Wednesday, November 9, 2011

Legend or no, Joe Pa had to go

By Bob Gaydos
The lead on the Associated Press story Wednesday afternoon was straightforward and shocking at the same time: “STATE COLLEGE, Pa. (AP) -- Joe Paterno, the Penn State football coach who preached success with honor for half a century but whose legend was shattered by a child sex abuse scandal, said Wednesday he will retire at the end of this season.”
At the end of the season? Is he kidding? Are they kidding? Are the trustees of Penn State going to let Paterno, living legend or no, get away with that?
Those were my italicized thoughts immediately on reading the AP story, after following nearly 24 hours of non-stop coverage of the Penn State scandal, not only on radio and TV sports talk shows, but on network and cable TV news shows and on the front page of every newspaper in the country.
“Joe Pa,” the 84-year-old face of Penn State was, as usual, setting his own terms for when he would leave his beloved university. Or at least he was trying to. But this time, Standup Joe, as he is also lovingly known around State College, had no leg to stand on. That he was still football coach Wednesday afternoon was an upset in itself. For him to be allowed to coach on the weekend against Nebraska and then stay on to the end of the season would be the most profound insult to the alleged victims of the assaults and their families and would tarnish even more the image of Penn State.
The issue in this case is simple: What legal and moral responsibility did Paterno, as head coach and de facto king of Penn State, have in protecting young boys from sexual assaults from one of his coaches? Again, quoting from the AP story: “Paterno said he was "absolutely devastated" by the case, in which his one-time heir apparent, Jerry Sandusky, has been charged with molesting eight boys over 15 years, including at the Penn State football complex.”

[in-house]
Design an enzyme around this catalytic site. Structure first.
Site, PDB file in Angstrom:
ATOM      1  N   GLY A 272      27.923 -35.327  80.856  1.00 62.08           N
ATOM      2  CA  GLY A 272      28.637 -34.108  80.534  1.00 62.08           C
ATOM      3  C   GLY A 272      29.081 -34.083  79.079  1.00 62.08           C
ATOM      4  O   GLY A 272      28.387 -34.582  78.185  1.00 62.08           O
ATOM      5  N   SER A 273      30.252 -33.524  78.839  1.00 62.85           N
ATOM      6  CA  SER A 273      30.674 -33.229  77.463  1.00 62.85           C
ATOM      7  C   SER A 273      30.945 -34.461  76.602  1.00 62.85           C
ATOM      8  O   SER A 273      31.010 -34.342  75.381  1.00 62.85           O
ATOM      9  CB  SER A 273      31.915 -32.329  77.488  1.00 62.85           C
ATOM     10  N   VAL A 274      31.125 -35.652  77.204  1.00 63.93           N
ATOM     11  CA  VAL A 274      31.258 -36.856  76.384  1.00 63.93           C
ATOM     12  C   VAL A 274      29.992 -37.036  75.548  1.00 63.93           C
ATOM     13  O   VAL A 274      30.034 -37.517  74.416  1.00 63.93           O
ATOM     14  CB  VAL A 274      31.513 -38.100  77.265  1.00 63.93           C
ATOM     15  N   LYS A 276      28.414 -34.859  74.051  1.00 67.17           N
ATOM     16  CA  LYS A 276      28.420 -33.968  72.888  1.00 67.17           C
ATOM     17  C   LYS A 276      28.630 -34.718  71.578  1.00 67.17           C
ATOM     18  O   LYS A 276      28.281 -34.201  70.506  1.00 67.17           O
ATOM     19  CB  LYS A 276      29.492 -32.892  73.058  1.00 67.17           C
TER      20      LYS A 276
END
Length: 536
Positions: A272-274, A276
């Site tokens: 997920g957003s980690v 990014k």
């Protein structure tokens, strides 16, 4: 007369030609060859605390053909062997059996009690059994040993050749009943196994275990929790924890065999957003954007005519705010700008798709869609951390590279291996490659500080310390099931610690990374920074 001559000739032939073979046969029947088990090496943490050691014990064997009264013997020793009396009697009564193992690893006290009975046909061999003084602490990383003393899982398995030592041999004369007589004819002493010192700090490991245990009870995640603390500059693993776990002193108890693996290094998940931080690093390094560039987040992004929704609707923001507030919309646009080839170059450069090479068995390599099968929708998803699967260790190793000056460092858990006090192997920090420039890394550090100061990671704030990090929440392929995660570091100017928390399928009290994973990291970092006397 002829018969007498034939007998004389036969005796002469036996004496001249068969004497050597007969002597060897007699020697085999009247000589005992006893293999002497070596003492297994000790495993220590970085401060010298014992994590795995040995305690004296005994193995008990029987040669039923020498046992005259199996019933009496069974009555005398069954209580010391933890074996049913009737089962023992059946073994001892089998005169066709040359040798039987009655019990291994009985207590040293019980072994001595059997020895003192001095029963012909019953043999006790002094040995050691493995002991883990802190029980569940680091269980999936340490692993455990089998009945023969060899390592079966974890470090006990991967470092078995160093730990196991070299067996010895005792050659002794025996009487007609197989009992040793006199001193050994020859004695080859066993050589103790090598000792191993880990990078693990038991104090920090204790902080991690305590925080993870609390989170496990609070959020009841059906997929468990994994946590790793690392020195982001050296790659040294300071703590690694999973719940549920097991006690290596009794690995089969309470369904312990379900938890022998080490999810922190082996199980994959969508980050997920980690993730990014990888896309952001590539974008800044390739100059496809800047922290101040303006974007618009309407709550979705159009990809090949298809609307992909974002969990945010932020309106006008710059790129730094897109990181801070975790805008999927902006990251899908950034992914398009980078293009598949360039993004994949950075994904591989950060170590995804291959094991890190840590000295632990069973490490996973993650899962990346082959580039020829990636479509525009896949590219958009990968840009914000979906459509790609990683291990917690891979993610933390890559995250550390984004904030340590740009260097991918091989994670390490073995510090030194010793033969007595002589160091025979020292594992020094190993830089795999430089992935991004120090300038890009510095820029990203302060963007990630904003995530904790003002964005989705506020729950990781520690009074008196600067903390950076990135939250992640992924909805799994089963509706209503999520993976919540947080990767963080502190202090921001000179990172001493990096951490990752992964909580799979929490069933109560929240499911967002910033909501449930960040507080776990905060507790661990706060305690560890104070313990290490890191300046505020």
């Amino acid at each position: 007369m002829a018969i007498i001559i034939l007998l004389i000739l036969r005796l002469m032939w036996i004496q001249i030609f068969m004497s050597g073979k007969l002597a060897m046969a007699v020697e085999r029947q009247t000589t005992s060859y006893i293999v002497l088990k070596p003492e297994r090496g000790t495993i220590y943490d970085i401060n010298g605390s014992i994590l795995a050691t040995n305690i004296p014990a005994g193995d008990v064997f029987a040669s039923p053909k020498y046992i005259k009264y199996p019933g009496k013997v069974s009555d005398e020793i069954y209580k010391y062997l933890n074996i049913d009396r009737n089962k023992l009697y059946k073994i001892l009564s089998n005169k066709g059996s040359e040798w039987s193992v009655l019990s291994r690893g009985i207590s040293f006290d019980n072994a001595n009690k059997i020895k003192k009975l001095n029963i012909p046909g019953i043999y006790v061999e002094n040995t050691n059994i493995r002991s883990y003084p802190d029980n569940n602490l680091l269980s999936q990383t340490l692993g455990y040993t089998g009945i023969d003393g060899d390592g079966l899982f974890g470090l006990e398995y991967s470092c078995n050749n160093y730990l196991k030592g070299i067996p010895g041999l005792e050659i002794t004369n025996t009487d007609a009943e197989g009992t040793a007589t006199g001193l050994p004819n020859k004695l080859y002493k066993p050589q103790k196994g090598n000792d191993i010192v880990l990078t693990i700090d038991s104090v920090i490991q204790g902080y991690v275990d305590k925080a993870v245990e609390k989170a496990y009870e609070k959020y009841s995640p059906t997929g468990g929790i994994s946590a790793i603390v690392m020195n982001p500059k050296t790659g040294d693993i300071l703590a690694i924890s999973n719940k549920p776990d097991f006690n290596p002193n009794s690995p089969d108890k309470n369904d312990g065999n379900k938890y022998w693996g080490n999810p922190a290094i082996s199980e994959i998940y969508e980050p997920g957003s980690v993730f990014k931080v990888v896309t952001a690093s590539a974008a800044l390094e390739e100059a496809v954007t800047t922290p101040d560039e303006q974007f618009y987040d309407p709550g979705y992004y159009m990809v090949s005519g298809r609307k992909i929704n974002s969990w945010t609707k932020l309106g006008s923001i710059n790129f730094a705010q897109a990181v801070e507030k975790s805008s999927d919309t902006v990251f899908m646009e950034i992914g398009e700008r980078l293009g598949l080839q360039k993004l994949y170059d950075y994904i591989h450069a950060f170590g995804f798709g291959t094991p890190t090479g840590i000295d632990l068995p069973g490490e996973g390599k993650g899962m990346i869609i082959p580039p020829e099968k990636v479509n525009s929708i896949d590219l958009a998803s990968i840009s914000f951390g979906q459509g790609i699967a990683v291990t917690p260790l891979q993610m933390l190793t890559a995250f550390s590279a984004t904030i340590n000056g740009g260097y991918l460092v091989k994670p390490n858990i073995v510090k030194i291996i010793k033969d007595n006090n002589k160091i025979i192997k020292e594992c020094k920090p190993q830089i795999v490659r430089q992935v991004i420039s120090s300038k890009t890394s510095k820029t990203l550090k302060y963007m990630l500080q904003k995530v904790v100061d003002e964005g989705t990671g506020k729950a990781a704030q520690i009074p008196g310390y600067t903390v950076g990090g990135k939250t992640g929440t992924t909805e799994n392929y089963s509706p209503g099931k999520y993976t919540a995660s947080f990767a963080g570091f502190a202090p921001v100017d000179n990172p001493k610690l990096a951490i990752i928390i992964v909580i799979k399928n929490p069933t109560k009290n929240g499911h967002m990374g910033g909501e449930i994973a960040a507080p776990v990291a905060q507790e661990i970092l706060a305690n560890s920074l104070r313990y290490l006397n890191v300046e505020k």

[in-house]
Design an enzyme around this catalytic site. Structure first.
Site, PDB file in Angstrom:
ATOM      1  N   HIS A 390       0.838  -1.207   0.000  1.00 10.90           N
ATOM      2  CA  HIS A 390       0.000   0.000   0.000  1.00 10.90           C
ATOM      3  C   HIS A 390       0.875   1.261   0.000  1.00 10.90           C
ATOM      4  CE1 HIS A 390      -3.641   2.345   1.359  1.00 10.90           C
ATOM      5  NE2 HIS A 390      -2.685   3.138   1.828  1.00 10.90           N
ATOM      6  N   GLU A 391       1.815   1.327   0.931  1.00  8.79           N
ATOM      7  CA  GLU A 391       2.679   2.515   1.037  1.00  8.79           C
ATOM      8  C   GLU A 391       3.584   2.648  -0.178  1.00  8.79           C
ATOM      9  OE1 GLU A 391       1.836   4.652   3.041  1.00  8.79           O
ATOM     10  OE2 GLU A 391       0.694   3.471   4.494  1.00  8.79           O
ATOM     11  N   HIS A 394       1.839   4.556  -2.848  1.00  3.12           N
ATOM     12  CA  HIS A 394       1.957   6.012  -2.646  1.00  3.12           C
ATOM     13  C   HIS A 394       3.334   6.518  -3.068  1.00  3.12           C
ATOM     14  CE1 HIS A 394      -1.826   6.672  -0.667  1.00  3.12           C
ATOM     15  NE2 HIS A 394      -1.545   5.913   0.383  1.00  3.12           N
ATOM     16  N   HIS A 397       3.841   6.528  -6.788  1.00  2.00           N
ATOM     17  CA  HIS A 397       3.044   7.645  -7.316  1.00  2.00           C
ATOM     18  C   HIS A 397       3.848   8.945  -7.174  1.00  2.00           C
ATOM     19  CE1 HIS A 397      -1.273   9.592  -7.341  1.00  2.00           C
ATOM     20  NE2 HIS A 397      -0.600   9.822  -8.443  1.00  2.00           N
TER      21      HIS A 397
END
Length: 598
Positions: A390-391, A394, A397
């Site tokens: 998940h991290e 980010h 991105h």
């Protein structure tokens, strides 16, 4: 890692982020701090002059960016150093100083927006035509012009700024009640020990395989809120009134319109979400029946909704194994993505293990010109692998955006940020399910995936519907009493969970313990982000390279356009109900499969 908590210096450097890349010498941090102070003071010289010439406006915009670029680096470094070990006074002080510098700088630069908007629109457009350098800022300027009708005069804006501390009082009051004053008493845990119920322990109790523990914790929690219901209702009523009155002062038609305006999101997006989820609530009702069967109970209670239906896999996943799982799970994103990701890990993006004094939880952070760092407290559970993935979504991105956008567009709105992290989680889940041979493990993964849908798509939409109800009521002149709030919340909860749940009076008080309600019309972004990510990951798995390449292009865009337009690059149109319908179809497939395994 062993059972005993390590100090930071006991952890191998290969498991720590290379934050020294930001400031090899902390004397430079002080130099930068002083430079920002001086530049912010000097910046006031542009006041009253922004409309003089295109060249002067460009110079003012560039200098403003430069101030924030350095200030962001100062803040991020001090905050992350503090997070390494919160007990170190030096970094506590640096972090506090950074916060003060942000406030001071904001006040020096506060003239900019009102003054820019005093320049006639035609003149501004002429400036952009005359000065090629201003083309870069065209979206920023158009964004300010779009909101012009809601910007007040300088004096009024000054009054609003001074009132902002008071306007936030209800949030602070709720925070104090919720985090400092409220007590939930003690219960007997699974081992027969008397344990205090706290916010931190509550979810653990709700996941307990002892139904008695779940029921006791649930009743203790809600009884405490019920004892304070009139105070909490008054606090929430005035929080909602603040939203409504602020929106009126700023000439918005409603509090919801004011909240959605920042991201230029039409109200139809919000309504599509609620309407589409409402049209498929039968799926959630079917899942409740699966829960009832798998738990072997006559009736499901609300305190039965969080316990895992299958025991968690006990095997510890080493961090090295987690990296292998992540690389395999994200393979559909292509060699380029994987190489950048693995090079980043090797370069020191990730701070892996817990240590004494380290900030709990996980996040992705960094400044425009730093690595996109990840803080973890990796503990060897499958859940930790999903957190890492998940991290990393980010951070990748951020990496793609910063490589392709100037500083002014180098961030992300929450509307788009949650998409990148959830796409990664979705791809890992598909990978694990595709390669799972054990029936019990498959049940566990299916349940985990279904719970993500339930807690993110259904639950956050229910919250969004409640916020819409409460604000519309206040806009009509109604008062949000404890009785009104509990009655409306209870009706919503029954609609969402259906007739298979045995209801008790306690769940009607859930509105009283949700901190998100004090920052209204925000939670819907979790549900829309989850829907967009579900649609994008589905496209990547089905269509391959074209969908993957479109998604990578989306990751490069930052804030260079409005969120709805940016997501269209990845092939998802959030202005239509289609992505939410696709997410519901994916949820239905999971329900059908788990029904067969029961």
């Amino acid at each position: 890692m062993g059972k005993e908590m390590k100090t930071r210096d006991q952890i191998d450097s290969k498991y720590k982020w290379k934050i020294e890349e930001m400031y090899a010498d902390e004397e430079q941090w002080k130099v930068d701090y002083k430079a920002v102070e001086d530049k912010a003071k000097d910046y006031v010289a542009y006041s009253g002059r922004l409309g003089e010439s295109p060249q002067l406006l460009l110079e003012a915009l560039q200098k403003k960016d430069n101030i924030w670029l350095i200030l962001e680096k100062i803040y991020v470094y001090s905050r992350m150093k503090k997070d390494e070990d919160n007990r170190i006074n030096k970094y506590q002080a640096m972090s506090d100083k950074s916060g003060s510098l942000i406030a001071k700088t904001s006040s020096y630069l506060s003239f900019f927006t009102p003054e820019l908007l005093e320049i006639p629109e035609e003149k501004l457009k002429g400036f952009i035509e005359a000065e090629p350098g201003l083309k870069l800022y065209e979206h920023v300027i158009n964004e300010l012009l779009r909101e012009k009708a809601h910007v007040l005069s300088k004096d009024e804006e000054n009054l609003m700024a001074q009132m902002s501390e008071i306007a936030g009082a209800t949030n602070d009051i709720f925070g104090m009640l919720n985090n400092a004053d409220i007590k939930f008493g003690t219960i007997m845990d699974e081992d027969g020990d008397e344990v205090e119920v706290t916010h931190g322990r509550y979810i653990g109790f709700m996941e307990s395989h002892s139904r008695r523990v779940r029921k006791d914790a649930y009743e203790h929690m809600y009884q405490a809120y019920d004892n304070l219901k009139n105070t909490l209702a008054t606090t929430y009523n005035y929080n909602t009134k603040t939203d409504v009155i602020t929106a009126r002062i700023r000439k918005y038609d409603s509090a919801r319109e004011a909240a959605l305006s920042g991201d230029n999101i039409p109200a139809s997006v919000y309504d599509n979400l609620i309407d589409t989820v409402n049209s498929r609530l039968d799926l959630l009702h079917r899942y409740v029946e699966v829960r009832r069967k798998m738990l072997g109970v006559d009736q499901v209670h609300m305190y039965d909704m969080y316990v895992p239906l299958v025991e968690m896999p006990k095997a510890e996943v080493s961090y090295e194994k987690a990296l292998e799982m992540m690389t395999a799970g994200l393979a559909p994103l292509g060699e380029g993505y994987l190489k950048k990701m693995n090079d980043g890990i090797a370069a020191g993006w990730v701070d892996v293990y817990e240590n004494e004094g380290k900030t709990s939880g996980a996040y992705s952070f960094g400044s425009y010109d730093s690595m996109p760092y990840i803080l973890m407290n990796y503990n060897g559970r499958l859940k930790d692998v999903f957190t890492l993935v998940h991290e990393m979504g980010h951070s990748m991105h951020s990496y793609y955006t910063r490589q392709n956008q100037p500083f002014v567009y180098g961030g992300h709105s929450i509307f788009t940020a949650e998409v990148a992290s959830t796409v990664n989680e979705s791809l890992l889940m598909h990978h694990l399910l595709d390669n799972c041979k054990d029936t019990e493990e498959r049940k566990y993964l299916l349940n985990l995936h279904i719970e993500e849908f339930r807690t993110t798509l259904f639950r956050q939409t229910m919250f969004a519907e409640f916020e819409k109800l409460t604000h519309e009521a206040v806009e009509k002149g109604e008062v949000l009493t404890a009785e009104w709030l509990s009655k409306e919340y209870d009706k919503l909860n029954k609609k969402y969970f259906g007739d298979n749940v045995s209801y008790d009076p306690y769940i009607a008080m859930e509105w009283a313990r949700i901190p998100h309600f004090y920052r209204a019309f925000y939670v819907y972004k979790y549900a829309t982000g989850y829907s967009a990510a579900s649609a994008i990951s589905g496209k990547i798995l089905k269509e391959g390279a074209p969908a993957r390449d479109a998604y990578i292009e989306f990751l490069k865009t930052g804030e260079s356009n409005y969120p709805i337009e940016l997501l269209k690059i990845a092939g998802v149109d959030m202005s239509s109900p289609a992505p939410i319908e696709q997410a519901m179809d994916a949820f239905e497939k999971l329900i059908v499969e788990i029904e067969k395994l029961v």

Paterno reported an allegation of such an assault nine years ago to the university’s athletic director after Mike McQueen, a graduate assistant on the football team who said he saw Sandusky in the shower at the university with a 10-year-old boy, reported it to the coach. Legally, McQueen and Paterno apparently feel they did all they had to do.
Maybe so. That’s for the state attorney general to decide. Morally it’s a different matter. And the answer is clear: No, neither man did all that needed to be done. The assistant coach did not try to stop whatever was going on in the shower. Instead, he called his father who told him to leave. They talked about it and told Paterno the next day. Paterno told the AD. Nine years later -- during which time Sandusky continued to operate a foundation to serve underprivileged young boys and continued to be seen around Penn State -- Sandusky was arrested and athletic director Tim Curley and vice president Gary Schultz were charged with failing to report the incident to the authorities.
But there was Paterno, several times a target for those who thought he was too old to coach and should retire and now holding the record for most football wins among Division I schools, still on Wednesday afternoon attempting to dictate the terms of his retirement.
It is an arrogance and sense of entitlement that no serious board of trustees can allow to succeed. Paterno made much during his tenure of holding his football players to higher standards, morally, than coaches at other schools. It is part of what created his legend. Failing to notify police authorities for nine years, during which time school officials made it clear they weren’t going to pursue legal action against Curley, was more than a lapse in judgment, it was a profound moral lapse. Or maybe the image Paterno has projected all these years was false.
Whatever the case, Paterno and school officials suggest by their callous disregard for the boys and potential future victims that protecting the reputation of the school comes first and, at Penn State, the football reputation trumps all.
It is sad, it is troubling, it is infuriating. In this day and age, there are still adults who do not recognize that there is a moral obligation to do everything possible to protect the most vulnerable among us from predators -- even when to do so may harm other people and institutions we hold close. Sometimes we are indeed our brothers’ keepers.
Retire at the end of the season? No way. Joe Pa should have retired Wednesday afternoon. He was fired Wednesday night. Finally, the trustees reclaimed control of Penn State.

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